But I'm not their typical customer which includes (based on my own eyes) surfers, landscapers, construction guys, all of whom have been exercising (presumably) and are h u n g r y.

When we go back (not if) I want to try the K-Dilla - hoisin bbq pork, buttered kim chee, bacon, caramelized onion, avocado and I'd ask the chef to hold it on the cheddar and smoked gouda. Maybe okay on the gouda, but cheddar is just too fat-loaded to me.

Vegetarians are included - truffle-parmesan fries, the Fu-Fu Sammie which is fried tofu with spring mix, tomato, onion, tossed in a spicy house vinagrette and gouchu-q drizzle on a pan de mie (honey) roll. The Portobello Mushroom is grilled portobello, topped with paresan, pesto cream, onion, tomato and spring mix.

Lunch for two? $13. The liquor store part has oceans of drink choices; fruit juices, flavored waters and teas, energy drinks and, of course, cold beer! How can you even ask?

Friday, March 9, 2012

Bromance? Man Crush?

"Jack Kennedy, Elusive Hero" by Chris Matthews Simon and Schuster 479 pages $27.50

Matthews, in a lengthy Preface (13 pages) tries to justify his writing this book by stating that his family and he as he grew up were staunch Republicans. But when JFK entered onto the stage, Matthews found him irresistible.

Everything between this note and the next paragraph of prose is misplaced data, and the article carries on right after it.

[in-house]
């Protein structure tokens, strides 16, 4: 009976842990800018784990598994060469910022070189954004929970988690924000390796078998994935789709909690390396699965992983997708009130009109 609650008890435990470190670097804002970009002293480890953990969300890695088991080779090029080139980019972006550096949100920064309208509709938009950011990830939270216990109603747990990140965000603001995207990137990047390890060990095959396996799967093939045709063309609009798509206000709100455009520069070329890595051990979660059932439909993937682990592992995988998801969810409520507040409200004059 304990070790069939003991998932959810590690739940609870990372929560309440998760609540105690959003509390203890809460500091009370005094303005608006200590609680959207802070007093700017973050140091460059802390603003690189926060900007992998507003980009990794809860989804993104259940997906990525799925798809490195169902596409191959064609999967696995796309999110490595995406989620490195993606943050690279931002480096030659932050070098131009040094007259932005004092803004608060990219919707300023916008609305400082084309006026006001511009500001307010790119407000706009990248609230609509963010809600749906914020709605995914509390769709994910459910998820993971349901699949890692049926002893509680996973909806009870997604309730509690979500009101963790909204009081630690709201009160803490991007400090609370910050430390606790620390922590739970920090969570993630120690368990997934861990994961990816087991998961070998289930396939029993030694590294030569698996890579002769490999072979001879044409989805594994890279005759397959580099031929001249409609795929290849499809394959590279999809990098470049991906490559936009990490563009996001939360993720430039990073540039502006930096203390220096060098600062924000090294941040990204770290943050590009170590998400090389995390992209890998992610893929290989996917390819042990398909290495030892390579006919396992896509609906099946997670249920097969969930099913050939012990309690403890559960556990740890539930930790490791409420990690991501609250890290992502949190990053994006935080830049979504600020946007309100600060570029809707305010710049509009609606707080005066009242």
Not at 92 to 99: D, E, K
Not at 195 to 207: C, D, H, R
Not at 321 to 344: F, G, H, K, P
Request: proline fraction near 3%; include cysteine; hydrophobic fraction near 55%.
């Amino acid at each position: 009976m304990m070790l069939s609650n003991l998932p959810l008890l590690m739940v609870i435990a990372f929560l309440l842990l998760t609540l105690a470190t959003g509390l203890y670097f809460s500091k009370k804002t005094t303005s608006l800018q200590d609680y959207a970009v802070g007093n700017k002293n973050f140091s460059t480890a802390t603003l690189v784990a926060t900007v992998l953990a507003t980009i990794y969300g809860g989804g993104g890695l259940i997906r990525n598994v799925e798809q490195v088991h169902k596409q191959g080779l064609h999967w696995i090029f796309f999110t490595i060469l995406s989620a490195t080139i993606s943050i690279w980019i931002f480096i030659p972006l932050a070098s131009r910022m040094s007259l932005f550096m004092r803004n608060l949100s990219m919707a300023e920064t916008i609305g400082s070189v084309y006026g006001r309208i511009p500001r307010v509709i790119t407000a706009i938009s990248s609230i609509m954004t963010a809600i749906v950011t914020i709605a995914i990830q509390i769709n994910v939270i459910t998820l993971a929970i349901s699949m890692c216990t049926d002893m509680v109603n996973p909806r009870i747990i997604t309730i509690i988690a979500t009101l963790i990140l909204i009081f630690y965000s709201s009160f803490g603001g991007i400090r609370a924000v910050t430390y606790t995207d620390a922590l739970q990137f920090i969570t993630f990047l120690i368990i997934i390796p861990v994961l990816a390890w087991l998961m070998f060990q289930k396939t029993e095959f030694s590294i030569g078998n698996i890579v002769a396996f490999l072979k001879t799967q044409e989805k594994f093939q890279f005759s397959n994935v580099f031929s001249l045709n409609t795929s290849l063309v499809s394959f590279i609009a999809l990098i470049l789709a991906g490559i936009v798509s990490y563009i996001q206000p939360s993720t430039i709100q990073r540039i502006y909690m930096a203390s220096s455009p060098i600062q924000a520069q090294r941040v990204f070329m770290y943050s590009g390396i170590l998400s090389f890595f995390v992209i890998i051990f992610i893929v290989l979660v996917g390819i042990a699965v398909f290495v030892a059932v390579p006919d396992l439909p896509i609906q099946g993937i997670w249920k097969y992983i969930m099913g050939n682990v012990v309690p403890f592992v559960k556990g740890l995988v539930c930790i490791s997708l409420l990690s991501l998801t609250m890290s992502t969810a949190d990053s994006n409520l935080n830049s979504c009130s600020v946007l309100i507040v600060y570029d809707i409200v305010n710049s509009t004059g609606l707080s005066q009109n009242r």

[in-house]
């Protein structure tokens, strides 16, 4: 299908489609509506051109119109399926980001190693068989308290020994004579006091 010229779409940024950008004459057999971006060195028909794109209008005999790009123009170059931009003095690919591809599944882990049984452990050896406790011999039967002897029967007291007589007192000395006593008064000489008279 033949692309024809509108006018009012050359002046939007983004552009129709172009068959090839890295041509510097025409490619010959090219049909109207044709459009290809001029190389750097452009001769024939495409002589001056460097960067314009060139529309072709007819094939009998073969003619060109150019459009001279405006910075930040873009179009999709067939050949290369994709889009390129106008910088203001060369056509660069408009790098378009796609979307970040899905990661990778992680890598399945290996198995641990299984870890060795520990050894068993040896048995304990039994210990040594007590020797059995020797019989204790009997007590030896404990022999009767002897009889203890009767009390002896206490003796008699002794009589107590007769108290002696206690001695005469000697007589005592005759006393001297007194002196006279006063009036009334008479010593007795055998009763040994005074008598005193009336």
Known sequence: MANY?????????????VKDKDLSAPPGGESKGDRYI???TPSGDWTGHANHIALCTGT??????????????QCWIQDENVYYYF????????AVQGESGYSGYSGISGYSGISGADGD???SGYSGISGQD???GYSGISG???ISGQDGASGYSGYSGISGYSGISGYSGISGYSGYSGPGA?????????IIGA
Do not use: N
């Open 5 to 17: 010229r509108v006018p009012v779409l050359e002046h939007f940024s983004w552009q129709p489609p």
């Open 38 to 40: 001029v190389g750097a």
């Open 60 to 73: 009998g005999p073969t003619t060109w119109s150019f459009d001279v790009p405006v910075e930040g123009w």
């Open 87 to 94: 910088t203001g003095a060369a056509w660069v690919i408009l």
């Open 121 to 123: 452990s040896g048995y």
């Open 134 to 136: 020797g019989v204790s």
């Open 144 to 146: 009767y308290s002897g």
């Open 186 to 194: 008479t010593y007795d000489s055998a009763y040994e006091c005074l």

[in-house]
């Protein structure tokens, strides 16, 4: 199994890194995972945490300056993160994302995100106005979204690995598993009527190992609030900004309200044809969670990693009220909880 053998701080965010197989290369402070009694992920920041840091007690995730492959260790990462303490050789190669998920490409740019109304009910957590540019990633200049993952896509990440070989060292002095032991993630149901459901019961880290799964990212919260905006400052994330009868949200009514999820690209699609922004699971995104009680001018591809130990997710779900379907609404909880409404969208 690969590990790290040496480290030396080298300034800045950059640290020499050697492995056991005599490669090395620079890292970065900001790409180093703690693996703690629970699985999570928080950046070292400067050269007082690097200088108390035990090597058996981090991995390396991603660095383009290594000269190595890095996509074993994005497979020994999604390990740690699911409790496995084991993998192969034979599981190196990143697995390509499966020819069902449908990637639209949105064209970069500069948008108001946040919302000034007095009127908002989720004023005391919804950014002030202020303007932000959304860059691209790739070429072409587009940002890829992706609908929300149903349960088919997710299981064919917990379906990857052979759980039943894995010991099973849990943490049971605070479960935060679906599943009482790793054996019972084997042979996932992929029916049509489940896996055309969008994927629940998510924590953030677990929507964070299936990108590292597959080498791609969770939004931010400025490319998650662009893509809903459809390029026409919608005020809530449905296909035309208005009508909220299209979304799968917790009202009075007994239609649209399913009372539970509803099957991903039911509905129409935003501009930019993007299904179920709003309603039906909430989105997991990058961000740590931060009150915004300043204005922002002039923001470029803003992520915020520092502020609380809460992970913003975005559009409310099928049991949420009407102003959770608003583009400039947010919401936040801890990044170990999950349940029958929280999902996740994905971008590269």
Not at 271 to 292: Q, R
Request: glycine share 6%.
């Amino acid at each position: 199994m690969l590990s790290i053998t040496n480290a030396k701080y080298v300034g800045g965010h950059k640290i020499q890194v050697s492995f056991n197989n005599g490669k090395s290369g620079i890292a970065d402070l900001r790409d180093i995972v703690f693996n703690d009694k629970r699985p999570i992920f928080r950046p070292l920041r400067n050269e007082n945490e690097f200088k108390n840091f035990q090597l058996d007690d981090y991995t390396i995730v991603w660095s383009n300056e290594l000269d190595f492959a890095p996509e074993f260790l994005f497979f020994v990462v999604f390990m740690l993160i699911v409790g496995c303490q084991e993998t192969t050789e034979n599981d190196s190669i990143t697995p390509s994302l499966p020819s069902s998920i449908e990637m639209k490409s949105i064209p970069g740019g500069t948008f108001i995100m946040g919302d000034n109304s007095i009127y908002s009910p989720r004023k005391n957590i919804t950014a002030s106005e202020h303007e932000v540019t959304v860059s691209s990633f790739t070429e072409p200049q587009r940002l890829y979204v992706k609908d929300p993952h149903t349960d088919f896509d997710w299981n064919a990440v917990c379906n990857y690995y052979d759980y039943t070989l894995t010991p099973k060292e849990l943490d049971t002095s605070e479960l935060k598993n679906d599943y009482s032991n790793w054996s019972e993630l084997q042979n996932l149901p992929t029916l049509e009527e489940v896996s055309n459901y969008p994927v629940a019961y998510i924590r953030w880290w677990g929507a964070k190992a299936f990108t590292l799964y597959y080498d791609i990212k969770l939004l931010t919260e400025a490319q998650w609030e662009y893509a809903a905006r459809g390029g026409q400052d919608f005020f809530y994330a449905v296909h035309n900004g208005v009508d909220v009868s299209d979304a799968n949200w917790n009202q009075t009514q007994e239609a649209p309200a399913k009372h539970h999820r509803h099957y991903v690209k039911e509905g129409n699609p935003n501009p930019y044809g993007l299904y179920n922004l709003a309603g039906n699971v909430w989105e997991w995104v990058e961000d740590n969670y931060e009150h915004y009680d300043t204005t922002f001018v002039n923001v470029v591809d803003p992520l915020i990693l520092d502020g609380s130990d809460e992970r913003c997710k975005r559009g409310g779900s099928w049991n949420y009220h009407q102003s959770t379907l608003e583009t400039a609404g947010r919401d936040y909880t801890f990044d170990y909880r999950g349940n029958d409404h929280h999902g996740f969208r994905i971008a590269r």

Another song played endlessly on his serenade to JFK was "Oh, poor Jack, poor lonely little boy! All those illnesses, all those hours spent alone with only a book to amuse him." This refrain to explain why JFK absolutely hated being alone. Len Billingsly, Red Fay -- any one of his court jesters would do.

JFK's physical courage was never in question as he tried out for football and starred in the original production of "PT 109." He managed to continue vigorously in life despite a very bad back and Addison's disease.

Incidentally, there was absolutely no mention of the infamous "Dr. Feelgood," Max Jacobs in the index nor the book. JFK took Jacobs to Paris with him. Given JFK's extreme poor health, the author, who mentions it at every turn, never explained how he was the biggest skirt chaser in Washington, DC, and points north, south, east and west.

The problem for me with this book is the awe-struck attitude to JFK. He refers to him as Mrs. Kennedy did - "Magic." No argument that JFK was extremely charismatic -- but not for 479 pages.

Wednesday, March 7, 2012

Class Warfare - Upstairs and Down

"Below Stairs" by Margaret Powell St. Martin's Press 212 pages $22.99